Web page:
• Security - SHA-3 provides high level of security against the various cryptographic attacks (like collision attacks, preimage attacks and various other known vulnerabilities). 
  • Unlike it's previous version (SHA-2 family), SHA-3 uses a different internal structure called 'Keccak sponge construction'. this allows a high security and resistance to attacks. 
These features of SHA-3 offers enhanced security, performance efficient and makes this a future-proof algorithm. 

SHA-3 has been used in some of the cryptocurrency and blockchain networks, Hardware, IoT security, Digital signatures and Key derivation. 

Other Hash Functions

Below mentioned are the few other hash functions available. 
  • Blake2 - This is considered as one of the high performance hash functions as this provides high level of security and excellent performance. It's simplicity, speed and security makes it suitable for digital signatures, password hashing and checksum verification. 
  • Whirlpool - Whirlpool produces a 128 character hexadecimal hash value (512 bits) and provides high level of security and resistant to various known vulnerabilities. This is commonly used in digital forensics, data integrity checks and secure password storage which requires strong hash function.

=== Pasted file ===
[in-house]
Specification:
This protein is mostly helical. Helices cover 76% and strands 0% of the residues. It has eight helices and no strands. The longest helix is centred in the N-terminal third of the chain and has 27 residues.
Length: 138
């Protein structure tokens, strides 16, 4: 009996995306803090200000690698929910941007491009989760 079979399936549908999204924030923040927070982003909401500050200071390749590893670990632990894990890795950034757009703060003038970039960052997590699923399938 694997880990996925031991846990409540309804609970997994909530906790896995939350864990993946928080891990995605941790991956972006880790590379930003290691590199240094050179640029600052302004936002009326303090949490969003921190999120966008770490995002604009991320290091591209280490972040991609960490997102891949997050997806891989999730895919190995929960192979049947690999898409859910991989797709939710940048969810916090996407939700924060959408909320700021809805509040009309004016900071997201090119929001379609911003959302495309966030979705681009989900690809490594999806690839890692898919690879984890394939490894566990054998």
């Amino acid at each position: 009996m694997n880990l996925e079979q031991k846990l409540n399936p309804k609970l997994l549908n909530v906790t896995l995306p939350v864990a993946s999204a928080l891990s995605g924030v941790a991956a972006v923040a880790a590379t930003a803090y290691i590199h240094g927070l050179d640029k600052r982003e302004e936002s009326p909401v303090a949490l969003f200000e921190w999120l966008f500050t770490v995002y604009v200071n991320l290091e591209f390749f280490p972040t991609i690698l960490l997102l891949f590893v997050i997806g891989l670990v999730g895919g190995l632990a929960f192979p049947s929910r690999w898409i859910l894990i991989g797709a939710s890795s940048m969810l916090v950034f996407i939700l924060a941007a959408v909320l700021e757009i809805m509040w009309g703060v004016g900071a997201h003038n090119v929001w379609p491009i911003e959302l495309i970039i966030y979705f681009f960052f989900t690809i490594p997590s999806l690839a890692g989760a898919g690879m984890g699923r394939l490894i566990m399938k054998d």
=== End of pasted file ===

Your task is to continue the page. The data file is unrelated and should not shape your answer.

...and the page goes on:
Hash functions available are not limited to the ones named in this post, there are many other hash functions available. 

Key Parameters to consider

There are some key parameters to consider while choosing a hash function. 
  • Security Strength 
  • Performance and Efficiency
  • Standardization and Interoperability
  • Future proofing 
Apart from these, application specific requirements are to be taken into consideration while choosing a hash function. 

I hope this post has provided a good insight on what is a hash function and different hash functions available in brief.